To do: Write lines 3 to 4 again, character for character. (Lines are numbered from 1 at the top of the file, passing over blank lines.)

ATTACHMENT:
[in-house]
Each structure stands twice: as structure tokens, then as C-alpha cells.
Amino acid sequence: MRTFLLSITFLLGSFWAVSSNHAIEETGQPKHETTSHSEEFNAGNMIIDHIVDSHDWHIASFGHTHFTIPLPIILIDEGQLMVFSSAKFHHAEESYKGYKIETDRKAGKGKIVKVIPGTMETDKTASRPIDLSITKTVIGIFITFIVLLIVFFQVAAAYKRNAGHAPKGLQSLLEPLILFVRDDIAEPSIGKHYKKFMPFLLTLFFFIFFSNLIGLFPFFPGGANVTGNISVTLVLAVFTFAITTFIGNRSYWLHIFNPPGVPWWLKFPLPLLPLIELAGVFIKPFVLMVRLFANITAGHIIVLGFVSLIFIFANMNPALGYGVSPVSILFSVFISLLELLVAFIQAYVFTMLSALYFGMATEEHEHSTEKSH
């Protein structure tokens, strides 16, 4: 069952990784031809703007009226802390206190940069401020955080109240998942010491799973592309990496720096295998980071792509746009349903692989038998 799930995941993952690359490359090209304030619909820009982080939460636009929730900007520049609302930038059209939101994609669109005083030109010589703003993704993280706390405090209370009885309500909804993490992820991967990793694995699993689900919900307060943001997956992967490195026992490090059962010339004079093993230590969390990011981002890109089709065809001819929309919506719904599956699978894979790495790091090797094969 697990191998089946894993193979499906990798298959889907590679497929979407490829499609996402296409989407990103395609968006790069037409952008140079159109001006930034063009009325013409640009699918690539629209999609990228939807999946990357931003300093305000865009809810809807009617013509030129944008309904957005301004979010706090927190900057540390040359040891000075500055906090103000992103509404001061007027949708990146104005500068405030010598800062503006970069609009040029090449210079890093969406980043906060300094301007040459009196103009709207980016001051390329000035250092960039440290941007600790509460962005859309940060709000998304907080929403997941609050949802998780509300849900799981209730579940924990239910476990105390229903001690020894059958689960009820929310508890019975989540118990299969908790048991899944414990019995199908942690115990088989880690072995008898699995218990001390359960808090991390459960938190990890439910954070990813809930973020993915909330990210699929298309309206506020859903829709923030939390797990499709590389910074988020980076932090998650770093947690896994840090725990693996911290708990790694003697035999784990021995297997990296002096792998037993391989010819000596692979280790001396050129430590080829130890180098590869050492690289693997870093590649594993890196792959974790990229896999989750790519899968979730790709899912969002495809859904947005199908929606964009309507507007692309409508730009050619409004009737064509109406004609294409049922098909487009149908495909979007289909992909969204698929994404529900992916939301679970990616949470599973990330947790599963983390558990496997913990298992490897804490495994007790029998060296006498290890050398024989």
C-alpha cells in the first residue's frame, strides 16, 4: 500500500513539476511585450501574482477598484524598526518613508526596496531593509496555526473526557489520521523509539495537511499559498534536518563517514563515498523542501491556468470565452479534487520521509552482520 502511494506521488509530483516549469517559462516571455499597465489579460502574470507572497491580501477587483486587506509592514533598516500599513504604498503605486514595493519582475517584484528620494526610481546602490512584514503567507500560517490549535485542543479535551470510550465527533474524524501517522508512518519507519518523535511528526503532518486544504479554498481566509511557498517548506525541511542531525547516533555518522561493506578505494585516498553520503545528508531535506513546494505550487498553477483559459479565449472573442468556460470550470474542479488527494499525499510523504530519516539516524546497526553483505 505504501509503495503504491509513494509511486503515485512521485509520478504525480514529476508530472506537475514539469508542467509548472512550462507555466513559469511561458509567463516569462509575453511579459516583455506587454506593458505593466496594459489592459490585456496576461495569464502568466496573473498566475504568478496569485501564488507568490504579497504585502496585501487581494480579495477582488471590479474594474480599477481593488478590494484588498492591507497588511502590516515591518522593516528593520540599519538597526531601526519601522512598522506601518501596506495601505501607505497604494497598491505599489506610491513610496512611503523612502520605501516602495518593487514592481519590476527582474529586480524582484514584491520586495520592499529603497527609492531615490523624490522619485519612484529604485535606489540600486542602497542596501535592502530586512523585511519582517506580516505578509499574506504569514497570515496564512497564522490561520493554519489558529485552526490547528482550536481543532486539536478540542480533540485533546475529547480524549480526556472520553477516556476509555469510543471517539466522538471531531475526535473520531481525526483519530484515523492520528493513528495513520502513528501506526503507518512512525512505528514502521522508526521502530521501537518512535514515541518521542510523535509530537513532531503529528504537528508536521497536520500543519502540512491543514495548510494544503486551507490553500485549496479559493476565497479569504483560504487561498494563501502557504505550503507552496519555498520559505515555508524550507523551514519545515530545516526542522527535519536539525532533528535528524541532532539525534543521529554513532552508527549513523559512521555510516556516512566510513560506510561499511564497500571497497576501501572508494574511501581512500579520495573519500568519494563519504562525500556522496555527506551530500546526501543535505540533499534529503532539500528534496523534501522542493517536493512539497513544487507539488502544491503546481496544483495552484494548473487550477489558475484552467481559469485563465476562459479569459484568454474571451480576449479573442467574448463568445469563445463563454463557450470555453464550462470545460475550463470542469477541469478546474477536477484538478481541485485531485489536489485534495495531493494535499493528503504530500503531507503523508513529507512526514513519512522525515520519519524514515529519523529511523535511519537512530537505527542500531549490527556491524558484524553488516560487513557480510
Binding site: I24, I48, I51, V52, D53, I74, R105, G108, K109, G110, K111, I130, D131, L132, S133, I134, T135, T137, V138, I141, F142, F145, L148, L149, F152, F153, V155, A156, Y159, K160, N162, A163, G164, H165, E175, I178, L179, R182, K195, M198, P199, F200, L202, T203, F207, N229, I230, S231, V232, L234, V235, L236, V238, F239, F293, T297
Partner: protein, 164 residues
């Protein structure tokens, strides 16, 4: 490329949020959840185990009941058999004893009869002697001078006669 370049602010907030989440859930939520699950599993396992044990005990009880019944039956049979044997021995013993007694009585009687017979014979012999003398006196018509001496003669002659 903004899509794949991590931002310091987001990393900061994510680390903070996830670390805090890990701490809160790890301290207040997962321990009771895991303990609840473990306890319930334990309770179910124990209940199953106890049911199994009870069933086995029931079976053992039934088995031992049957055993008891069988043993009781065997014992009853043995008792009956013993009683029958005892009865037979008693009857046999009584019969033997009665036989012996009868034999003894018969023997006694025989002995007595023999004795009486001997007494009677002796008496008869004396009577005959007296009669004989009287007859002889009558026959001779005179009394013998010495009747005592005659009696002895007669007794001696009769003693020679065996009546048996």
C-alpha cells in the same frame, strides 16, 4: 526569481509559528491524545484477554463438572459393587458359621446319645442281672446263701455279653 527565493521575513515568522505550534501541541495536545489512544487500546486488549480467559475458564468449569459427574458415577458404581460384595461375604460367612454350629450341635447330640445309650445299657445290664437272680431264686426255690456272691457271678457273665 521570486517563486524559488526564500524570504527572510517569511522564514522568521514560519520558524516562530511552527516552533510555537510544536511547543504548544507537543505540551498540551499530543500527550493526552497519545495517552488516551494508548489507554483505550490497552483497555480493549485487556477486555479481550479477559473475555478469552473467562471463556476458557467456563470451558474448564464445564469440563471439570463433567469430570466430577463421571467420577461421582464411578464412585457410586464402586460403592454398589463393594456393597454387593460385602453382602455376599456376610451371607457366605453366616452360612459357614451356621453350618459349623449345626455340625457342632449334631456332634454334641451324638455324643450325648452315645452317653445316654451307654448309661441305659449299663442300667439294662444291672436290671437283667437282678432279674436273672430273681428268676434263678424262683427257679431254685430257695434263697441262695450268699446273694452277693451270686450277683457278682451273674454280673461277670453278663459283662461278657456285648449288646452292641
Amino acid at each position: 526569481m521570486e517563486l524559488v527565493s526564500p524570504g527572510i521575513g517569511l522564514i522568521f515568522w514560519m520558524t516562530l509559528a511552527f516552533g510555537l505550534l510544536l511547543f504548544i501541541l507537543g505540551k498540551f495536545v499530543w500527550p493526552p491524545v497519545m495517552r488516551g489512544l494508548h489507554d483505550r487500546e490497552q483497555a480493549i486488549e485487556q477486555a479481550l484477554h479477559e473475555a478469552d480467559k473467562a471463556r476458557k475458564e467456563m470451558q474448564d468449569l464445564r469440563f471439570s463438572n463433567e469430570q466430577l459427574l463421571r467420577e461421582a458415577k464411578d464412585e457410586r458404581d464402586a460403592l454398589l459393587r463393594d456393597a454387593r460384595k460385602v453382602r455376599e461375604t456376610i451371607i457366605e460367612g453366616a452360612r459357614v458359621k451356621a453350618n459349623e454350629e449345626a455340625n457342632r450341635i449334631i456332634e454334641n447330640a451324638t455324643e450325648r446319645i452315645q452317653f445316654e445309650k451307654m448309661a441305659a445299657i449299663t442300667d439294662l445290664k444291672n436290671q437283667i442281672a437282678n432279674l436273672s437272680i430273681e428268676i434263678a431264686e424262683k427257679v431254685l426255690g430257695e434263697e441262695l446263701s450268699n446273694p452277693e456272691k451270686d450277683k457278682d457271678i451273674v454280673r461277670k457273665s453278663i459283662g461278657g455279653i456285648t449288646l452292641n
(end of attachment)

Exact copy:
Amino acid sequence: MRTFLLSITFLLGSFWAVSSNHAIEETGQPKHETTSHSEEFNAGNMIIDHIVDSHDWHIASFGHTHFTIPLPIILIDEGQLMVFSSAKFHHAEESYKGYKIETDRKAGKGKIVKVIPGTMETDKTASRPIDLSITKTVIGIFITFIVLLIVFFQVAAAYKRNAGHAPKGLQSLLEPLILFVRDDIAEPSIGKHYKKFMPFLLTLFFFIFFSNLIGLFPFFPGGANVTGNISVTLVLAVFTFAITTFIGNRSYWLHIFNPPGVPWWLKFPLPLLPLIELAGVFIKPFVLMVRLFANITAGHIIVLGFVSLIFIFANMNPALGYGVSPVSILFSVFISLLELLVAFIQAYVFTMLSALYFGMATEEHEHSTEKSH
């Protein structure tokens, strides 16, 4: 069952990784031809703007009226802390206190940069401020955080109240998942010491799973592309990496720096295998980071792509746009349903692989038998 799930995941993952690359490359090209304030619909820009982080939460636009929730900007520049609302930038059209939101994609669109005083030109010589703003993704993280706390405090209370009885309500909804993490992820991967990793694995699993689900919900307060943001997956992967490195026992490090059962010339004079093993230590969390990011981002890109089709065809001819929309919506719904599956699978894979790495790091090797094969 697990191998089946894993193979499906990798298959889907590679497929979407490829499609996402296409989407990103395609968006790069037409952008140079159109001006930034063009009325013409640009699918690539629209999609990228939807999946990357931003300093305000865009809810809807009617013509030129944008309904957005301004979010706090927190900057540390040359040891000075500055906090103000992103509404001061007027949708990146104005500068405030010598800062503006970069609009040029090449210079890093969406980043906060300094301007040459009196103009709207980016001051390329000035250092960039440290941007600790509460962005859309940060709000998304907080929403997941609050949802998780509300849900799981209730579940924990239910476990105390229903001690020894059958689960009820929310508890019975989540118990299969908790048991899944414990019995199908942690115990088989880690072995008898699995218990001390359960808090991390459960938190990890439910954070990813809930973020993915909330990210699929298309309206506020859903829709923030939390797990499709590389910074988020980076932090998650770093947690896994840090725990693996911290708990790694003697035999784990021995297997990296002096792998037993391989010819000596692979280790001396050129430590080829130890180098590869050492690289693997870093590649594993890196792959974790990229896999989750790519899968979730790709899912969002495809859904947005199908929606964009309507507007692309409508730009050619409004009737064509109406004609294409049922098909487009149908495909979007289909992909969204698929994404529900992916939301679970990616949470599973990330947790599963983390558990496997913990298992490897804490495994007790029998060296006498290890050398024989």